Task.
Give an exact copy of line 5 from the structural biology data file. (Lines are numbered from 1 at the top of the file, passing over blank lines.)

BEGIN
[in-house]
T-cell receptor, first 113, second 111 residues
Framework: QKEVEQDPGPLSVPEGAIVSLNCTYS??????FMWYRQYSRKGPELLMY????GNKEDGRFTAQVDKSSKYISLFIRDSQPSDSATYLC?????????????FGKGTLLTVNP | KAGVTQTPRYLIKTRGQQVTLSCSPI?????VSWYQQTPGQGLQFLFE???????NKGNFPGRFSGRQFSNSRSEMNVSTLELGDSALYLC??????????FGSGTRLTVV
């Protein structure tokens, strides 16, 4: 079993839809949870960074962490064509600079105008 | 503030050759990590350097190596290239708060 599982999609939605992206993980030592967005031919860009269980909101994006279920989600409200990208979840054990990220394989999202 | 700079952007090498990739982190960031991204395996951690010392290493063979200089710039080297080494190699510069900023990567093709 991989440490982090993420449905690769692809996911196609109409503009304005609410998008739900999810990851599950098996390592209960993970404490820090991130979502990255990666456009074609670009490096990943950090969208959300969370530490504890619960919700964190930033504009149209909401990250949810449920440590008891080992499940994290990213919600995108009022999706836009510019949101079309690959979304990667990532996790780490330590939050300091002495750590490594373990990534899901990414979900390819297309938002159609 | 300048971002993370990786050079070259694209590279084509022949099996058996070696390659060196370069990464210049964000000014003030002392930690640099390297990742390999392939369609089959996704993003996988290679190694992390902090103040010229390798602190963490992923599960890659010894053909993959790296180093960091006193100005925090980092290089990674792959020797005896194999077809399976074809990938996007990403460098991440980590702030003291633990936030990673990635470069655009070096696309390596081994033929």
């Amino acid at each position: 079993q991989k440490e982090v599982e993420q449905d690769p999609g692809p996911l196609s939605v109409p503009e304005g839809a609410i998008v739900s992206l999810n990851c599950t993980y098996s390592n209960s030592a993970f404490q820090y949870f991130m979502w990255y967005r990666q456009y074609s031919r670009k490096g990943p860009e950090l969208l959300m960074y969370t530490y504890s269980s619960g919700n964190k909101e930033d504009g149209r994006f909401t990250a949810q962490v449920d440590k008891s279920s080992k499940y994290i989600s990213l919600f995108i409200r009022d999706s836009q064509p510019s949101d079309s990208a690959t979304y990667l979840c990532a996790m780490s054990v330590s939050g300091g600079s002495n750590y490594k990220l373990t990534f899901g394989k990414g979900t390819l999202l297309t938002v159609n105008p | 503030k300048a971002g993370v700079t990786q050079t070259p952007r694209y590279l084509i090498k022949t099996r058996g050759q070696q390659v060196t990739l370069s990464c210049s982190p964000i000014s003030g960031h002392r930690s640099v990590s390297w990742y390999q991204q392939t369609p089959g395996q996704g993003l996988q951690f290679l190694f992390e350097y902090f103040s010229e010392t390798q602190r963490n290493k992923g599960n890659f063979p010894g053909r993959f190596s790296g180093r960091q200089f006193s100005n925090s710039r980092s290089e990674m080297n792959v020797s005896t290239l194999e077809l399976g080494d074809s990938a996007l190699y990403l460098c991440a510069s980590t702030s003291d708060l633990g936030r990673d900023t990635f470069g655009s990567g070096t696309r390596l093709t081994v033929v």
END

């Amino acid at each position: 079993q991989k440490e982090v599982e993420q449905d690769p999609g692809p996911l196609s939605v109409p503009e304005g839809a609410i998008v739900s992206l999810n990851c599950t993980y098996s390592n209960s030592a993970f404490q820090y949870f991130m979502w990255y967005r990666q456009y074609s031919r670009k490096g990943p860009e950090l969208l959300m960074y969370t530490y504890s269980s619960g919700n964190k909101e930033d504009g149209r994006f909401t990250a949810q962490v449920d440590k008891s279920s080992k499940y994290i989600s990213l919600f995108i409200r009022d999706s836009q064509p510019s949101d079309s990208a690959t979304y990667l979840c990532a996790m780490s054990v330590s939050g300091g600079s002495n750590y490594k990220l373990t990534f899901g394989k990414g979900t390819l999202l297309t938002v159609n105008p | 503030k300048a971002g993370v700079t990786q050079t070259p952007r694209y590279l084509i090498k022949t099996r058996g050759q070696q390659v060196t990739l370069s990464c210049s982190p964000i000014s003030g960031h002392r930690s640099v990590s390297w990742y390999q991204q392939t369609p089959g395996q996704g993003l996988q951690f290679l190694f992390e350097y902090f103040s010229e010392t390798q602190r963490n290493k992923g599960n890659f063979p010894g053909r993959f190596s790296g180093r960091q200089f006193s100005n925090s710039r980092s290089e990674m080297n792959v020797s005896t290239l194999e077809l399976g080494d074809s990938a996007l190699y990403l460098c991440a510069s980590t702030s003291d708060l633990g936030r990673d900023t990635f470069g655009s990567g070096t696309r390596l093709t081994v033929v």